In so holding, we reject defendant's attempt to distinguish Dodd v. State, supra, and its progeny simply because many of these cases involve a pre-trial lineup which is photographic and do not involve the physical presence of the defendant at a lineup as in the case sub judice. It is clear under our decision in Munn v. State, 208 Ga. App. 674, 676 (Sd) (431 SE2d 447) that the test for admissibility of an in-court identification following a tainted pre-trial identification does not change where the pre-trial identification occurred at a physical lineup. In other words, the issue following a tainted pre-trial identification, whether involving a photographic or physical lineup, is whether the in-court identification had an independent origin. The evidence supports a conclusion that the in-court identification had an independent origin in the case sub judice, therefore this enumeration of error lacks merit.
3. Defendant enumerates as error the denial of his motion for mistrial which was submitted after a police detective noted during cross-examination that defendant was a suspect in several criminal cases. However, since the motion for mistrial was not renewed after the trial court gave curative instructions to the jury, the issue was not preserved for appeal. Bailey v. State, 209 Ga. App. 390, 394 (6) (433 SE2d 610); Black v. State, 199 Ga. App. 819, 820 (406 SE2d 258).
4. In his final enumeration of error, defendant contends that the evidence admitted at trial was not sufficient to authorize his conviction. That evidence shows that the victim was leaving church when she heard someone run up behind her. Someone tried to pull the victim's purse off her shoulder but she tried to hang on to it until the perpetrator faced her with a knife and told her to let go of it. After the perpetrator had searched her purse and wallet he threatened the victim again with the knife in an attempt to get her into a vehicle, but she escaped. The victim positively identified defendant as the perpetrator of this crime at a pre-trial lineup and adhered to this identification at trial. Based on this evidence, a rational trier of fact was authorized to find defendant guilty beyond a reasonable doubt of armed robbery. Jackson v. Virginia, 443 U. S. 307 (99 SC 2781, 61 LE2d 560); Pruitt v. State, 217 Ga. App. 681 (1), 682 (458 SE2d 696). Defendant's conviction of the offense of armed robbery must be affirmed.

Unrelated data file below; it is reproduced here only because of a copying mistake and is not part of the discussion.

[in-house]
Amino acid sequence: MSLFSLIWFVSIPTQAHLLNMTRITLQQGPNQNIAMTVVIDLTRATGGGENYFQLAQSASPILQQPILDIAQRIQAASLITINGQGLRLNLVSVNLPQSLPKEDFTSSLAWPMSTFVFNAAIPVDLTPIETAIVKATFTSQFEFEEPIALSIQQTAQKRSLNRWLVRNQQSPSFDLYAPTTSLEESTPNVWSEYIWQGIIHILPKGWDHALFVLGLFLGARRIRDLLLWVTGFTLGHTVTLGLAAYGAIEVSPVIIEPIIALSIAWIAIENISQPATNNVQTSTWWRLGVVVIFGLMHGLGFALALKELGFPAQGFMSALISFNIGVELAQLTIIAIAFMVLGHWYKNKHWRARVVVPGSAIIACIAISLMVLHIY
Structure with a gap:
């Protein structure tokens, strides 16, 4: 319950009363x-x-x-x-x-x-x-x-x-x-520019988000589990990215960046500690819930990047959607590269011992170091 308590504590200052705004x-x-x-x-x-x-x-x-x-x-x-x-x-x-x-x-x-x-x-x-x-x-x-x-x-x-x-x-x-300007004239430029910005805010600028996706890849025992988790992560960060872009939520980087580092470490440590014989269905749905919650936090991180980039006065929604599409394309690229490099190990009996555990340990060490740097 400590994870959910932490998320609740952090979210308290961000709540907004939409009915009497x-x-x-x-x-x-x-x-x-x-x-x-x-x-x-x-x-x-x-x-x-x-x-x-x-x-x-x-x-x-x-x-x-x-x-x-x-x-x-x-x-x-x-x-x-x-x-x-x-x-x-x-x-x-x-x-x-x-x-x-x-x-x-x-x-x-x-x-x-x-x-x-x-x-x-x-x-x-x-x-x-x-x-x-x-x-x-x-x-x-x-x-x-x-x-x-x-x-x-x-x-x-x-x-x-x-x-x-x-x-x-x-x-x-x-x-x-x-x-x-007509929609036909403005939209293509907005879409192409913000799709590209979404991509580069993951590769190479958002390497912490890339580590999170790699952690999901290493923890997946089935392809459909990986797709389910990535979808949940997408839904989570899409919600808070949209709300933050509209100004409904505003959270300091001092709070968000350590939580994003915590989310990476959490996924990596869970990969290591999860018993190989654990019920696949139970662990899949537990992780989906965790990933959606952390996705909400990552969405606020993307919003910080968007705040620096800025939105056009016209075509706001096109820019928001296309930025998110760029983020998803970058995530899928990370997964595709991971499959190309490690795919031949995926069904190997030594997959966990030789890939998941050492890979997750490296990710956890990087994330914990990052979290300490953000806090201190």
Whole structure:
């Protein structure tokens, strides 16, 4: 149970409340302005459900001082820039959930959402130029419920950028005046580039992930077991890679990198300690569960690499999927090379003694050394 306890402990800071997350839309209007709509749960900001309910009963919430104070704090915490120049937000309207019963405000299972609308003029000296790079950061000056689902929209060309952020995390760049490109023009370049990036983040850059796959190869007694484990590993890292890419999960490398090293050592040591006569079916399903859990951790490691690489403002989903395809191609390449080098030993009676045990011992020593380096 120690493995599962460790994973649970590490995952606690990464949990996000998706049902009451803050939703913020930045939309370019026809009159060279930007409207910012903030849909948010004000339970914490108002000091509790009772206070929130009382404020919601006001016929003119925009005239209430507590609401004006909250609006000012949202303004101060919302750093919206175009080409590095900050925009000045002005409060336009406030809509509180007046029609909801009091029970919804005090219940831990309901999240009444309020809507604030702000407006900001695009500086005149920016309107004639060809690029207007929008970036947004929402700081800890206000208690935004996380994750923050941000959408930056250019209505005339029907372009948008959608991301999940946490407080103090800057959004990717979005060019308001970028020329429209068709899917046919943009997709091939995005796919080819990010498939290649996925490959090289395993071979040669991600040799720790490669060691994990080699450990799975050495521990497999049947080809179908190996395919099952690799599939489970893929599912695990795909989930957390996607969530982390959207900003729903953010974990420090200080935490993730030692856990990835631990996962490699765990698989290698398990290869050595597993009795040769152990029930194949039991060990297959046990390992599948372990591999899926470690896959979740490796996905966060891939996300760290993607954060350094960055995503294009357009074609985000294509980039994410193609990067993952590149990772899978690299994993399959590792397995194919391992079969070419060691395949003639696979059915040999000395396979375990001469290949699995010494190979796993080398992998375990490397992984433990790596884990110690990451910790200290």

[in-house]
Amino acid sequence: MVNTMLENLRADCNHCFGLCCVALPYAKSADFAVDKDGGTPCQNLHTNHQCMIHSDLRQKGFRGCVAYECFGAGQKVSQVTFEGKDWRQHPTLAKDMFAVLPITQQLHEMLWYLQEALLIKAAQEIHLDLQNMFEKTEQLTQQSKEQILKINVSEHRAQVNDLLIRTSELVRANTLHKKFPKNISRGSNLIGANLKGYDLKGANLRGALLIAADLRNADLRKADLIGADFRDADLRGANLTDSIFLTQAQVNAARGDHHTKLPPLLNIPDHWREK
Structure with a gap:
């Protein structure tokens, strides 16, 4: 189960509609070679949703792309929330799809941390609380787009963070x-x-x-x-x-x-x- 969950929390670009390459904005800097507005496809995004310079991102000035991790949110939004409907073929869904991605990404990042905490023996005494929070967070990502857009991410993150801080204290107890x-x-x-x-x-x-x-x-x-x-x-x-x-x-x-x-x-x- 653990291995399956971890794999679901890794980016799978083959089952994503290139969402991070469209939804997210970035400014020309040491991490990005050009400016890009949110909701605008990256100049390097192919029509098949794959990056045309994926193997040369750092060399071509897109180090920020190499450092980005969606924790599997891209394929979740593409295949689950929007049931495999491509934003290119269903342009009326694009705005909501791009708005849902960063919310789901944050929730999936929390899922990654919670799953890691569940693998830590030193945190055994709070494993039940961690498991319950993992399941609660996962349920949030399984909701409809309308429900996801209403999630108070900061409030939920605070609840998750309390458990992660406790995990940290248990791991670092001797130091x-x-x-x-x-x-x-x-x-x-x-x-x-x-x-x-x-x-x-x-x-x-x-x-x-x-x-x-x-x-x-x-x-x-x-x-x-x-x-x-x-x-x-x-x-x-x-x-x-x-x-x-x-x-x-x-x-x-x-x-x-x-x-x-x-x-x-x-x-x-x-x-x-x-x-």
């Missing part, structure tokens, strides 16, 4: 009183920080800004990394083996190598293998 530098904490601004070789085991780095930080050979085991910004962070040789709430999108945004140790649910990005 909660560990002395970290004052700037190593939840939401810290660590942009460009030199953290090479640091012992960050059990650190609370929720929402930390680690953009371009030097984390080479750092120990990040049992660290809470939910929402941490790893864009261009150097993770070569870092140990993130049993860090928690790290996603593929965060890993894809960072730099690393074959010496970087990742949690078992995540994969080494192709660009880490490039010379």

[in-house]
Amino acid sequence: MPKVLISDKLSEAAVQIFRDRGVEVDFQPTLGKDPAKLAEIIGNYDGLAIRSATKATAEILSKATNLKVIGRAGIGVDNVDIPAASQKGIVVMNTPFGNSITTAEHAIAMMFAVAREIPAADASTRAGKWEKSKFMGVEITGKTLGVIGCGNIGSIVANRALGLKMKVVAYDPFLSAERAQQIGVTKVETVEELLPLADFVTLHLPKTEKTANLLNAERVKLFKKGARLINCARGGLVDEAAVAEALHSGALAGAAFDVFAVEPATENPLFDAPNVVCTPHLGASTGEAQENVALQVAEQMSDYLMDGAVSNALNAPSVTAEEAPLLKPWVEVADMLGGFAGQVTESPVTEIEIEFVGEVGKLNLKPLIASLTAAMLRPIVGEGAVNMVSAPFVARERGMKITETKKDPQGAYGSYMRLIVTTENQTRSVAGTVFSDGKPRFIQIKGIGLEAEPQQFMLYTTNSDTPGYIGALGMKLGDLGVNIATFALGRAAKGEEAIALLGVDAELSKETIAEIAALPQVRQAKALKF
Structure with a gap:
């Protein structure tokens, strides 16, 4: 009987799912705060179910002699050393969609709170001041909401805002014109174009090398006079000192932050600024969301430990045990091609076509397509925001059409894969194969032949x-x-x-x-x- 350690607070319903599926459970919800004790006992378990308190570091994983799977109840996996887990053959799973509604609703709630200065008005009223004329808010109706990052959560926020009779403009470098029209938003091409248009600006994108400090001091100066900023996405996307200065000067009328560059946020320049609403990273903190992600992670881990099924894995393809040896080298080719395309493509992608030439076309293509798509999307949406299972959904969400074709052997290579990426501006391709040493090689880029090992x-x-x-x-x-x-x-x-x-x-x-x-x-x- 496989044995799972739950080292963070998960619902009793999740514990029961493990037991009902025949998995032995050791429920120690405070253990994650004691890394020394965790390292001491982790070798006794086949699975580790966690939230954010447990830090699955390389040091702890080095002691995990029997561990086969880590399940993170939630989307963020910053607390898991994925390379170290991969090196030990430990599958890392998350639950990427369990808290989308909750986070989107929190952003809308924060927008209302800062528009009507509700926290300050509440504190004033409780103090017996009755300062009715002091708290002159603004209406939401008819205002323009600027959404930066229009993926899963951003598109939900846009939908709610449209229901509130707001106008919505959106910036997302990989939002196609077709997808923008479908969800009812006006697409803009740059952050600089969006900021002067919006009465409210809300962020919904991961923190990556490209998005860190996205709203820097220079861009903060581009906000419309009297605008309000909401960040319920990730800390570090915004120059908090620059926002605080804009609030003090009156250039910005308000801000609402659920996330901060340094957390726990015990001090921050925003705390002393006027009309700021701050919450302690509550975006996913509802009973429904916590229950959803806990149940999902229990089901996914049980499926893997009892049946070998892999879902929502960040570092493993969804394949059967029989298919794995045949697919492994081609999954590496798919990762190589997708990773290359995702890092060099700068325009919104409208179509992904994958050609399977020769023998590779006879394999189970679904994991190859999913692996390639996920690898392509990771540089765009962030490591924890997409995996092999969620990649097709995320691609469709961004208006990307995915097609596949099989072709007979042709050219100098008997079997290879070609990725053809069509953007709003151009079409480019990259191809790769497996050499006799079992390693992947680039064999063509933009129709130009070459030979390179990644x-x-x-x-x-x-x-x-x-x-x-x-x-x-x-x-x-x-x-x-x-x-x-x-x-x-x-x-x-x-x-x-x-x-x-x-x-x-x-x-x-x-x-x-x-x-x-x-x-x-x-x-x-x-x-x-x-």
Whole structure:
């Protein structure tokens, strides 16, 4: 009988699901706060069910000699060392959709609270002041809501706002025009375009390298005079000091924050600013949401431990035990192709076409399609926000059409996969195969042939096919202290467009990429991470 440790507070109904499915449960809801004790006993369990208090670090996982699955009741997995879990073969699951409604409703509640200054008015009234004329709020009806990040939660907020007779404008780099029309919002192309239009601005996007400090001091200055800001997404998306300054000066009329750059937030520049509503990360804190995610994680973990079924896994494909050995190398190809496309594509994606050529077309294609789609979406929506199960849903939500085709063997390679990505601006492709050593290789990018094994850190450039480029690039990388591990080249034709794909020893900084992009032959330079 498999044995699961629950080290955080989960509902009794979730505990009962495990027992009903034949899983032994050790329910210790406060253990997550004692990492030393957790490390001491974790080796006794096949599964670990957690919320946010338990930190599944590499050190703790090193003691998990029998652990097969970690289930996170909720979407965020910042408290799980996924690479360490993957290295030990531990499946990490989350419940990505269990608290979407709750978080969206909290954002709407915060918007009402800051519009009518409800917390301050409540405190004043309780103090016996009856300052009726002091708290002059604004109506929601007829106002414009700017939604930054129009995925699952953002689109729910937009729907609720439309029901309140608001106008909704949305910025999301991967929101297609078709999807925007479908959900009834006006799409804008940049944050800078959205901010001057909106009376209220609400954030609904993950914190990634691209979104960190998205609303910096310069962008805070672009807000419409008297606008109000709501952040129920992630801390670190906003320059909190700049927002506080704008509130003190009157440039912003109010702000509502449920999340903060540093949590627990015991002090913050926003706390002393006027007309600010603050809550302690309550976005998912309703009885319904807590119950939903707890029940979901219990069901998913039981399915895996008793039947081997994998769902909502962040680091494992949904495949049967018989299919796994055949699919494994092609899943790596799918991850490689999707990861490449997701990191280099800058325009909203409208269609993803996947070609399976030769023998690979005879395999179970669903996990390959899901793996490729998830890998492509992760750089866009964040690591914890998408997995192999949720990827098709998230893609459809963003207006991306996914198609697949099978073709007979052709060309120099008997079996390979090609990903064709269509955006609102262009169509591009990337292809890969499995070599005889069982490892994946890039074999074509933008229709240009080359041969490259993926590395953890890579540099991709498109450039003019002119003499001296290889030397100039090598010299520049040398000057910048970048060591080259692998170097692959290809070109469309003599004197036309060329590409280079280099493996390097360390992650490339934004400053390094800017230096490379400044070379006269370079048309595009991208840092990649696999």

5. In Case No. A95A1353, the State appeals the sentence of life imprisonment imposed upon defendant and contends that this sentence was void since OCGA 17-10-7 required that defendant be sentenced to life imprisonment without eligibility for parole. The State may appeal a void sentence. State v. Baldwin, 167 Ga. App. 737, 738 (1) (307 SE2d 679).
The version of OCGA 17-10-7 applicable to defendant's offense is that which existed prior to the 1994 amendment (applicable January 1, 1995), and includes paragraph (b) which removes the possibility of parole in regard to the sentence of fourth offender recidivists. The record shows notice to defendant that the prior convictions would be used against him at sentencing. Certified records of at least five of the noticed prior felony convictions were introduced by the State at the presentence hearing.
Nonetheless, defendant argues that there was no proper notice of the State's intent to rely on the prior convictions or OCGA 17-10-7 since such was not reflected on the face of the indictment. This argument was once correct, more than 20 years ago under a short lived two-step sentencing procedure. Under the statutory scheme applicable to defendant's conviction, the absence of any allegation as to defendant's recidivism in the indictment stands as no impediment to the imposition of sentencing pursuant to OCGA 17-10-7. Mitchell v. State, 202 Ga. App. 100 (1) (413 SE2d 517).
Since defendant's sentence is not in conformity with the applicable version of OCGA 17-10-7 (b), it is void. The sentence only is reversed and the case remanded in order that the trial court may impose a sentence upon defendant which does not allow the possibility of parole pursuant to OCGA 17-10-7 (b) and is otherwise in conformity with the law. State v. Baldwin, 167 Ga. App. 737, 739 (3), 740, supra.
Thomas J. O'Donnell, for appellee.
Richard A. Malone, District Attorney, William S. Askew, Assistant District Attorney, for appellant.
DECIDED AUGUST 25, 1995.
Thursday May 21 08:03 EDT